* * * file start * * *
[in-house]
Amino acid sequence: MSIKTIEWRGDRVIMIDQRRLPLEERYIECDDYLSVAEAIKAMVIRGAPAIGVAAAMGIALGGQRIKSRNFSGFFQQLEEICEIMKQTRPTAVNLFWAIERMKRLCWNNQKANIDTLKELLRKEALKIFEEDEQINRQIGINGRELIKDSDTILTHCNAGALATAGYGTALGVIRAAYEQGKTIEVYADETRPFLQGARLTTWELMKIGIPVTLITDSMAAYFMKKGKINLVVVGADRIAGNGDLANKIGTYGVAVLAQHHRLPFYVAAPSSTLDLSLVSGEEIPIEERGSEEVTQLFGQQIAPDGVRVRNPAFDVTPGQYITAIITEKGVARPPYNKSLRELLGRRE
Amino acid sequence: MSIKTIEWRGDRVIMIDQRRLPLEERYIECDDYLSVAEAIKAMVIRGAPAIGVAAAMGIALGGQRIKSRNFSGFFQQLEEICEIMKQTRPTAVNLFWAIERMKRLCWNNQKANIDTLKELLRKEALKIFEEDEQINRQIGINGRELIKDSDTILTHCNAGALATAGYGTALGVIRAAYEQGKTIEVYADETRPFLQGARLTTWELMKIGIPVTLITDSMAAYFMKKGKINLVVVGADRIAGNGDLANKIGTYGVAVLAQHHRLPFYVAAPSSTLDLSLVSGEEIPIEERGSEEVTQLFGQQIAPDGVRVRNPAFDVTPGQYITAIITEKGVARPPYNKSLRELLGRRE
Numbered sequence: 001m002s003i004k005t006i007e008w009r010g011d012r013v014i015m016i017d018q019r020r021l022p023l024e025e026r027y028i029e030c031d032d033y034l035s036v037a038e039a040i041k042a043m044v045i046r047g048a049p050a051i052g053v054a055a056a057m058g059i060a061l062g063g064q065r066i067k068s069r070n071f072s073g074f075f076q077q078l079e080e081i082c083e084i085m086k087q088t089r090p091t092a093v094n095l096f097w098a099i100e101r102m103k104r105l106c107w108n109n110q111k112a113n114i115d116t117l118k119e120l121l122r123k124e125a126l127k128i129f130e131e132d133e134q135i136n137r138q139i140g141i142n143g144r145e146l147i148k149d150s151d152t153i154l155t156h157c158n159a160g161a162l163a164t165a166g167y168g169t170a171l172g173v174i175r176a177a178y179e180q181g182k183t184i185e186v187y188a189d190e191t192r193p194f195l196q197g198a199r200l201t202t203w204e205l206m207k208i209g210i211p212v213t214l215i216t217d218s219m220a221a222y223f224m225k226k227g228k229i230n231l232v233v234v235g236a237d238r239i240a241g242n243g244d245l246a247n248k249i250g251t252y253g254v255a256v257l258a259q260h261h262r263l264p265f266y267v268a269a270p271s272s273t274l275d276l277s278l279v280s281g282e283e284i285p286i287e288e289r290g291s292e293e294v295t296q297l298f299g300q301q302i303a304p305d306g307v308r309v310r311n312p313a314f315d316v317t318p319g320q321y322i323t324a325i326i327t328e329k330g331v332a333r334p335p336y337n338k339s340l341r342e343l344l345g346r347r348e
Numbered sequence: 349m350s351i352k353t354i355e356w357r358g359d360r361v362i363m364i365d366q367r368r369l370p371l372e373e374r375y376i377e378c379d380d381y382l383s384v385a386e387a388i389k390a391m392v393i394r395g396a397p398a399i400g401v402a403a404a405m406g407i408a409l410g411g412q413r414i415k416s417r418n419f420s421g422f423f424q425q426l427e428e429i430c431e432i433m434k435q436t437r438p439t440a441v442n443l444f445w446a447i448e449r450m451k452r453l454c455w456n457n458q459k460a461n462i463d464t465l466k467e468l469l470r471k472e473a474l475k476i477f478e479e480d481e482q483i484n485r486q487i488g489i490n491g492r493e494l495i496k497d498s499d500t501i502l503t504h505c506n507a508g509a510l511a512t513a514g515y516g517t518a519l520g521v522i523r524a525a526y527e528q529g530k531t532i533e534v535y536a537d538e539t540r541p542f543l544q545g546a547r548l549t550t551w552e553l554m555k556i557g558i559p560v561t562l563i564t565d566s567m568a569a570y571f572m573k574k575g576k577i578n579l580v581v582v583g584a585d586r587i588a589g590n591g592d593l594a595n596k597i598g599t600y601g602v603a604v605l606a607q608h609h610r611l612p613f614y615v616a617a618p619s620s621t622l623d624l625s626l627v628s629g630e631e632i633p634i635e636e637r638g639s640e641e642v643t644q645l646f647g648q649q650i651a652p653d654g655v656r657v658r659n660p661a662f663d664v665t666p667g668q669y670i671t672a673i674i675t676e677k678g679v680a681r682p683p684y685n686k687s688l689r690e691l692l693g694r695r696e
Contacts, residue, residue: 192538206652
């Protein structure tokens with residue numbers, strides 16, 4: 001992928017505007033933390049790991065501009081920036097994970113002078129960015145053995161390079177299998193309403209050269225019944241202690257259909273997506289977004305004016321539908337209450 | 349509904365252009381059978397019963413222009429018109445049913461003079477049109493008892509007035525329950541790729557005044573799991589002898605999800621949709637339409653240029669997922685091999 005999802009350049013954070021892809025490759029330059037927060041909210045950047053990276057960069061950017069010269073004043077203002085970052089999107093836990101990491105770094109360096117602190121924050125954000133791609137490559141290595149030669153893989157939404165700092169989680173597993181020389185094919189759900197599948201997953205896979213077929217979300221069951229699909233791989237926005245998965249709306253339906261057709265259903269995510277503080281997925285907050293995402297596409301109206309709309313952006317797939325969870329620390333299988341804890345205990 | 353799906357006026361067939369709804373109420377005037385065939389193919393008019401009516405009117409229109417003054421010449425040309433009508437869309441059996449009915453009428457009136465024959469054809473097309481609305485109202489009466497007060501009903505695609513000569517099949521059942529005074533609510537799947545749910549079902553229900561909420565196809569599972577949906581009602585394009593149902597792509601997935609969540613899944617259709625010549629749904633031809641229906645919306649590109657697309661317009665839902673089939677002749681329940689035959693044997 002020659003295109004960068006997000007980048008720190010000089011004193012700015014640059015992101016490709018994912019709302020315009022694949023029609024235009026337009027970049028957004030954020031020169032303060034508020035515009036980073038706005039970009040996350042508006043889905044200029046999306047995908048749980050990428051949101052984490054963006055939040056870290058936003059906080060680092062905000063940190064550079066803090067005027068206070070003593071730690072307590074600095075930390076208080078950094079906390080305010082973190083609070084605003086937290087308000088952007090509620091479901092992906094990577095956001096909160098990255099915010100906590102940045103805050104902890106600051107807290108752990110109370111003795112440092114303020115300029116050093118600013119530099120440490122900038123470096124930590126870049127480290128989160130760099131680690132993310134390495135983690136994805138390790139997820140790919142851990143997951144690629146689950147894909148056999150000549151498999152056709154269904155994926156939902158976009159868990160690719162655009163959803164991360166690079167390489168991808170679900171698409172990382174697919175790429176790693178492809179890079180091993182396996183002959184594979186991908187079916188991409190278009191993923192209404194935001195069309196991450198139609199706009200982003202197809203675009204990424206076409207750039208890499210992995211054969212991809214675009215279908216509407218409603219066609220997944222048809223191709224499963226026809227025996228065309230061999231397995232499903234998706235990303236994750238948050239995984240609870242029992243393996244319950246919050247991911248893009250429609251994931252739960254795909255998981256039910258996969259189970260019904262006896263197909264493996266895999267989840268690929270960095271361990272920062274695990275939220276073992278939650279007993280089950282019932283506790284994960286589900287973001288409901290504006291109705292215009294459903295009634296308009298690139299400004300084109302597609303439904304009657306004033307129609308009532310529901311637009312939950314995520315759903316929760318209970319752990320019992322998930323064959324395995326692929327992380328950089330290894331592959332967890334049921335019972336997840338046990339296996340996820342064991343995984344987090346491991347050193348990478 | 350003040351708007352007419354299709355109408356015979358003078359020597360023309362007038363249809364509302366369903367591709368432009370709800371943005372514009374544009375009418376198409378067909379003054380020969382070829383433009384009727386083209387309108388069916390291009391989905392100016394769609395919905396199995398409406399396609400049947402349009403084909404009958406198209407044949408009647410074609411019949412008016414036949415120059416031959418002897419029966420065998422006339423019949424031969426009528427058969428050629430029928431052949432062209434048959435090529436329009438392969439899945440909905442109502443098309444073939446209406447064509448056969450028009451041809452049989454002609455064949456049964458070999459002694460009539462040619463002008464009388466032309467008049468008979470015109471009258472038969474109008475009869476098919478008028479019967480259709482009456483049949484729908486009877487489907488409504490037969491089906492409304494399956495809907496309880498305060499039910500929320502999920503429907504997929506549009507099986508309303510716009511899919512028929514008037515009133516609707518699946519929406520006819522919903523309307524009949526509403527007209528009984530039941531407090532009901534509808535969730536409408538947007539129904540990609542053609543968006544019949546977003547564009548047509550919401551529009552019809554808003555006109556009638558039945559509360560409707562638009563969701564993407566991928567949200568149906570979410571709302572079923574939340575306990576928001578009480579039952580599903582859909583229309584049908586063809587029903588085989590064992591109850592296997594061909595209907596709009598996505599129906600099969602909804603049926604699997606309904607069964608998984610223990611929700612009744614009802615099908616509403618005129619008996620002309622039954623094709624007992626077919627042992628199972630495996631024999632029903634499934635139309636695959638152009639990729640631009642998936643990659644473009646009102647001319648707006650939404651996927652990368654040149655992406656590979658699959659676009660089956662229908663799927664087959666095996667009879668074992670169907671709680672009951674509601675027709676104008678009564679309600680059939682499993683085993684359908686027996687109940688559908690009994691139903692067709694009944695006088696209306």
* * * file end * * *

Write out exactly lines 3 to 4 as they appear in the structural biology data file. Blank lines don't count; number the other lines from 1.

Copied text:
Amino acid sequence: MSIKTIEWRGDRVIMIDQRRLPLEERYIECDDYLSVAEAIKAMVIRGAPAIGVAAAMGIALGGQRIKSRNFSGFFQQLEEICEIMKQTRPTAVNLFWAIERMKRLCWNNQKANIDTLKELLRKEALKIFEEDEQINRQIGINGRELIKDSDTILTHCNAGALATAGYGTALGVIRAAYEQGKTIEVYADETRPFLQGARLTTWELMKIGIPVTLITDSMAAYFMKKGKINLVVVGADRIAGNGDLANKIGTYGVAVLAQHHRLPFYVAAPSSTLDLSLVSGEEIPIEERGSEEVTQLFGQQIAPDGVRVRNPAFDVTPGQYITAIITEKGVARPPYNKSLRELLGRRE
Numbered sequence: 001m002s003i004k005t006i007e008w009r010g011d012r013v014i015m016i017d018q019r020r021l022p023l024e025e026r027y028i029e030c031d032d033y034l035s036v037a038e039a040i041k042a043m044v045i046r047g048a049p050a051i052g053v054a055a056a057m058g059i060a061l062g063g064q065r066i067k068s069r070n071f072s073g074f075f076q077q078l079e080e081i082c083e084i085m086k087q088t089r090p091t092a093v094n095l096f097w098a099i100e101r102m103k104r105l106c107w108n109n110q111k112a113n114i115d116t117l118k119e120l121l122r123k124e125a126l127k128i129f130e131e132d133e134q135i136n137r138q139i140g141i142n143g144r145e146l147i148k149d150s151d152t153i154l155t156h157c158n159a160g161a162l163a164t165a166g167y168g169t170a171l172g173v174i175r176a177a178y179e180q181g182k183t184i185e186v187y188a189d190e191t192r193p194f195l196q197g198a199r200l201t202t203w204e205l206m207k208i209g210i211p212v213t214l215i216t217d218s219m220a221a222y223f224m225k226k227g228k229i230n231l232v233v234v235g236a237d238r239i240a241g242n243g244d245l246a247n248k249i250g251t252y253g254v255a256v257l258a259q260h261h262r263l264p265f266y267v268a269a270p271s272s273t274l275d276l277s278l279v280s281g282e283e284i285p286i287e288e289r290g291s292e293e294v295t296q297l298f299g300q301q302i303a304p305d306g307v308r309v310r311n312p313a314f315d316v317t318p319g320q321y322i323t324a325i326i327t328e329k330g331v332a333r334p335p336y337n338k339s340l341r342e343l344l345g346r347r348e